Tuesday , 4 October 2022

Survey: Half of Iranian Youth Would Leave Given the Chance

Iranwire – Almost half of Iranian young people who took part in a recent survey said they would leave the country if given the opportunity, and most Iranians said young people did not see prosperity in their own futures.

The telephone survey by Washington-based Stasis Consulting took in the views of 1,246 residents aged 18 and above between July 26 and 29. The proportional sample included citizens based in each province of Iran.

Just over third of all Iranians surveyed agreed they would go and live in a foreign country if given the chance. Among respondents aged 18 to 29, the figure rose to 49 percent.

The participants were also asked about other matters of relevance to young people in Iran. Some 53 percent said government officials restricted the liberties of Iranian youth by interfering in their lifestyles; among young people the figure stood at 64 percent.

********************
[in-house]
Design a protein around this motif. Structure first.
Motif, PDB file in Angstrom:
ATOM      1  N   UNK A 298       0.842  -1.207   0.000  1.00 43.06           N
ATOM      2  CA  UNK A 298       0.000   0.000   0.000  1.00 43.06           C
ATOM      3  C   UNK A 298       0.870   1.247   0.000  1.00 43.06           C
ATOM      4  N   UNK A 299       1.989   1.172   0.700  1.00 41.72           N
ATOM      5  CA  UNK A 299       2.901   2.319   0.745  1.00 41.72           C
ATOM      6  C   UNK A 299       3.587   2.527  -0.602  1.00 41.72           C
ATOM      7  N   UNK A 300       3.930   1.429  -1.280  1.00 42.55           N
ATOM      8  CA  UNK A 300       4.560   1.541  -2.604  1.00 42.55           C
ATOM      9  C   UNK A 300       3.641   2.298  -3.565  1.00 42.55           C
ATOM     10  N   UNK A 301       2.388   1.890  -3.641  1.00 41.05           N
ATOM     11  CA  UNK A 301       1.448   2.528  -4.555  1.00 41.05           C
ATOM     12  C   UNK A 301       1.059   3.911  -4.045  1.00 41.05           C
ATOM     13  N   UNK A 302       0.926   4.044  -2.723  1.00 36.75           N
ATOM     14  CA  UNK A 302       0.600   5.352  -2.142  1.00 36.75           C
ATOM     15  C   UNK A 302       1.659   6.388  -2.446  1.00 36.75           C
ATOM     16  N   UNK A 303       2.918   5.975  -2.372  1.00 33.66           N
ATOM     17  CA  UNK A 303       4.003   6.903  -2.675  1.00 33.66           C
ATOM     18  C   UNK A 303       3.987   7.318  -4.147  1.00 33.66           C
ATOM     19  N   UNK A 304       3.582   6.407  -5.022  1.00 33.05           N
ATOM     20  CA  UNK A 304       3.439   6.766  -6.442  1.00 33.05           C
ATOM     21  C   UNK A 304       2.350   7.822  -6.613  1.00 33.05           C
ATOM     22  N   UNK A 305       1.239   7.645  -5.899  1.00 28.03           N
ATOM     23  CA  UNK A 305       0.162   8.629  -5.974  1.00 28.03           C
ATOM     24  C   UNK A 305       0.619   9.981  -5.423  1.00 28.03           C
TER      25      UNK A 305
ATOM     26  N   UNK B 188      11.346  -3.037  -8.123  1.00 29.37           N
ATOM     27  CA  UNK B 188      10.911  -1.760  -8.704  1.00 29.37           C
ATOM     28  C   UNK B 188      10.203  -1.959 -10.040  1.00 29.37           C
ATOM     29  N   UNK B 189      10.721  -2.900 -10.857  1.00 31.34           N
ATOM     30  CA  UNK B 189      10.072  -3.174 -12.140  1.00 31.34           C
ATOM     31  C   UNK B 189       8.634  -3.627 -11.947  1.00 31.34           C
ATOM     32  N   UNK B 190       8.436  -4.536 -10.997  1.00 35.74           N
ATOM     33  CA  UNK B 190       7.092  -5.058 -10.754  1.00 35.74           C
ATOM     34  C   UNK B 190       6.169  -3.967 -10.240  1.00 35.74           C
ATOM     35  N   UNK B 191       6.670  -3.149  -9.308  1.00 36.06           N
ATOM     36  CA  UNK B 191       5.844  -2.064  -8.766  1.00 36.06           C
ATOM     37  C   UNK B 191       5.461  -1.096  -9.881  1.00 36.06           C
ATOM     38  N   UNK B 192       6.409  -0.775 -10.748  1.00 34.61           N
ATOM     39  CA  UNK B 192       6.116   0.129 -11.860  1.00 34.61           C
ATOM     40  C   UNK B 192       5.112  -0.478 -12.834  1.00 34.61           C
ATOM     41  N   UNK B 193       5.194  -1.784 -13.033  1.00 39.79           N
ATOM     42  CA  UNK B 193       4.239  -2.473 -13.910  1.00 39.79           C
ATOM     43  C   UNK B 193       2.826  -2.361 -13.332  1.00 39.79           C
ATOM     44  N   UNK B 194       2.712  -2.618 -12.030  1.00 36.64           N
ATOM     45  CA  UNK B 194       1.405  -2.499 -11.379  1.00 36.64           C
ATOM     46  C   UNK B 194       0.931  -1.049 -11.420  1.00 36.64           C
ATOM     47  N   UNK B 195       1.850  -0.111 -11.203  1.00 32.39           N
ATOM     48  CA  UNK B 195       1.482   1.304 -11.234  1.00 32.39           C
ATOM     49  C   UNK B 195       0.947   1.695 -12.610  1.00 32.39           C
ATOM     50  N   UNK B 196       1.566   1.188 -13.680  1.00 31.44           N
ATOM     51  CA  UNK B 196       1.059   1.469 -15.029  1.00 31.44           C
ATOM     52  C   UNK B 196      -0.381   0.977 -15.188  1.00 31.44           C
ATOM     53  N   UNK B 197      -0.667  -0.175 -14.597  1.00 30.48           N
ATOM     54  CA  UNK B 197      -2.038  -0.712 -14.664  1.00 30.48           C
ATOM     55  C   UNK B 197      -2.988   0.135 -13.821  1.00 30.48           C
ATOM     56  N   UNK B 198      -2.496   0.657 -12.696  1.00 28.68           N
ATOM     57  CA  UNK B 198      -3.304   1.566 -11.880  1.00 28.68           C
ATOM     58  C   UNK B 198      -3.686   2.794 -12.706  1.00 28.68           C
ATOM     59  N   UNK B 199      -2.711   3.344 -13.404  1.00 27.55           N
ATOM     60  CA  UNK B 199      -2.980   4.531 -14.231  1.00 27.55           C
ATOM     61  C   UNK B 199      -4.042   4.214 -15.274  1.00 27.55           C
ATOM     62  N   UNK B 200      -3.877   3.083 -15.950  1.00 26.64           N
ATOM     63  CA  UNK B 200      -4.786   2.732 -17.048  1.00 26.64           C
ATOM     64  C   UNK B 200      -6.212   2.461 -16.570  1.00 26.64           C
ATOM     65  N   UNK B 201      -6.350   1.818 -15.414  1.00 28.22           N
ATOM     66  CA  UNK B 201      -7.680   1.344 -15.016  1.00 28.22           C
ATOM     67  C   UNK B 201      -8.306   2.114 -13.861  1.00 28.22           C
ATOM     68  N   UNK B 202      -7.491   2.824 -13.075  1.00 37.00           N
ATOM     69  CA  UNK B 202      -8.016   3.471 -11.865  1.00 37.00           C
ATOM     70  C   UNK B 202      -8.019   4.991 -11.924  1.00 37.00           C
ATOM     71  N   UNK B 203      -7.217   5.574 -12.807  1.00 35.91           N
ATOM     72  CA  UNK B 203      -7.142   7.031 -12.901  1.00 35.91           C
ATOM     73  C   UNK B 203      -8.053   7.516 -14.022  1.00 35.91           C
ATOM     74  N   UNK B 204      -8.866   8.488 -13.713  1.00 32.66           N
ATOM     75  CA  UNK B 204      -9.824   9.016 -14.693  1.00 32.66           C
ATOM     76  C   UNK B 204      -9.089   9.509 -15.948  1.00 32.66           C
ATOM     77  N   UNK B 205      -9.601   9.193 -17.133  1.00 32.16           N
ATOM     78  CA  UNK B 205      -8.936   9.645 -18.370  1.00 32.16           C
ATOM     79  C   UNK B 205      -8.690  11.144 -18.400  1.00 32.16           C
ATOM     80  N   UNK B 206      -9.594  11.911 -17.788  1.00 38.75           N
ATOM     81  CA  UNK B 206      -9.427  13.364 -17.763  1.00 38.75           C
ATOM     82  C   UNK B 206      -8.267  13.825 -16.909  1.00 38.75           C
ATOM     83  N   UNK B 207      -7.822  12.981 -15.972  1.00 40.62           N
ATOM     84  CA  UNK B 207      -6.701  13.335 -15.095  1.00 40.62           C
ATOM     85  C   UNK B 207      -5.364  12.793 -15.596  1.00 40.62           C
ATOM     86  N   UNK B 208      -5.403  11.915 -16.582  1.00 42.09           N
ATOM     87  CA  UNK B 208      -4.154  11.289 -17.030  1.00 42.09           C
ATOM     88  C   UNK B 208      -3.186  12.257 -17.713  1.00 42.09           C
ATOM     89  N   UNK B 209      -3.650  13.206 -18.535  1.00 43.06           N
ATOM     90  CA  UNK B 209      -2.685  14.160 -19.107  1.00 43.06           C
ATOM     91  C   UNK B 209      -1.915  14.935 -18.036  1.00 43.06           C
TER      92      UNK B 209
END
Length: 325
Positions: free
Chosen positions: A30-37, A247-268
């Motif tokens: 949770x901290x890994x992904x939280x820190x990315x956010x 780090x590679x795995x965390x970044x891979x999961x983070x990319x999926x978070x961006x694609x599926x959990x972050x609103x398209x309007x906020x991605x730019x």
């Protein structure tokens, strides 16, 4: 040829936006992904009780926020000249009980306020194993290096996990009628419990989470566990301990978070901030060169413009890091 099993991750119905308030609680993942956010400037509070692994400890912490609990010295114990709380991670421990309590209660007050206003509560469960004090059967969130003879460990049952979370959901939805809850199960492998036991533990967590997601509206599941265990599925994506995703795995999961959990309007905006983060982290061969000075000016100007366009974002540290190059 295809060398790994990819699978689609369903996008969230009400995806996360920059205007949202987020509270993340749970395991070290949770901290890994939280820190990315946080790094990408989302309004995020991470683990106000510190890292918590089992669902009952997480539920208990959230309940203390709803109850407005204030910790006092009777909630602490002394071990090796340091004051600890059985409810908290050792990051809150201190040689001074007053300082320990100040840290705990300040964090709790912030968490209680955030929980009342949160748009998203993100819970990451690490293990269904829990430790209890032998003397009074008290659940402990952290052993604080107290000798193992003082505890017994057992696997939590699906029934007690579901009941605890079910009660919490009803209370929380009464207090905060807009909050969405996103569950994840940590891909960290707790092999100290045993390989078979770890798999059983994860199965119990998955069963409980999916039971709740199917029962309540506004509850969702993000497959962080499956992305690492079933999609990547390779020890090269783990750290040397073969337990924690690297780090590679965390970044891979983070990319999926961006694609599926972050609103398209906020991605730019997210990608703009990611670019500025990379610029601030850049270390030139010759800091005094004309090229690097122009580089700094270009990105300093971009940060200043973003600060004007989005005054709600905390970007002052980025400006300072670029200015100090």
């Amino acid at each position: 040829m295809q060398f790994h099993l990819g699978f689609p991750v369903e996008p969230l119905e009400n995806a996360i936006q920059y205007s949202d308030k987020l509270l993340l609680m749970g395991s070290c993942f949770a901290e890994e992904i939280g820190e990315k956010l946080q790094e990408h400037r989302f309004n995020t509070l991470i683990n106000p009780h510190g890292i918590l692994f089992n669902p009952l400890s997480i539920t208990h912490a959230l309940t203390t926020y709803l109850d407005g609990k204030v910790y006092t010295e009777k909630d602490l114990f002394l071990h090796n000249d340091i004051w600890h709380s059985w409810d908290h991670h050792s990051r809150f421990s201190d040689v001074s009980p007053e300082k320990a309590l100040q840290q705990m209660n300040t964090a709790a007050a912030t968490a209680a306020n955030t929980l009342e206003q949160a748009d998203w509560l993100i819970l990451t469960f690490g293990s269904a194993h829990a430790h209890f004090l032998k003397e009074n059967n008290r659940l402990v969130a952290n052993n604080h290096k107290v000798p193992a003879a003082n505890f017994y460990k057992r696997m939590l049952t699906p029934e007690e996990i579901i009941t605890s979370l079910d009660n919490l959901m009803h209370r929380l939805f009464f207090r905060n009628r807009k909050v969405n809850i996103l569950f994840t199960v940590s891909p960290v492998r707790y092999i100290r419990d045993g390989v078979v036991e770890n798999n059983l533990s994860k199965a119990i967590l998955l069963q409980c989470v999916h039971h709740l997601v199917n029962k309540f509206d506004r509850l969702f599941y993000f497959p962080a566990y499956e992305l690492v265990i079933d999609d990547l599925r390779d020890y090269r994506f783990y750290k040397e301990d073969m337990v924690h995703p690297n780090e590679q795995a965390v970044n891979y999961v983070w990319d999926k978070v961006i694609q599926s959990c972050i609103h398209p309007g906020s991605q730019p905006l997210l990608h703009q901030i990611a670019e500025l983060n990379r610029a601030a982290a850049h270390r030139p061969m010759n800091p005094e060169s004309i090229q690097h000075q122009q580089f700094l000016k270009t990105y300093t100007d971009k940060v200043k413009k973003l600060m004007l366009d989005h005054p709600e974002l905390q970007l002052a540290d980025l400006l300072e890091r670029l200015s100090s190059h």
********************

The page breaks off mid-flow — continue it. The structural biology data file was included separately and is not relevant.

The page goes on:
There was also little confidence in President Ebrahim Raisi’s ability to address the issues that matter most to young people. Only 35 percent of respondents believed it was among the Raisi administration’s priorities; 55 percent, and 65 percent of young people, said it was not.

Almost 60 percent of all Iranians also said they did not believe Raisi’s election would increase economic opportunities for young people. Elsewhere, asked if they agreed with the statement: “Iranian youth do not see prosperity in their future”, 77 percent responded in the affirmative, and just 20 percent disagreed.

Participants were also asked about some current government policy stances. Sixty percent said they were against the “User Protection Bill”, whose provisions would enable drastic internet censorship by the security agencies. A total of 54 percent said they believed this to be the primary purpose.

Iranians who took part in the survey were almost evenly split on the state’s drive to increase the birth rate. Half said it was not a good idea, whereas 41 percent said it was. The low birth rate was blamed first and foremost on poor economic conditions by almost 70 percent of respondents.

You can view the full results of the survey as interactive graphics here.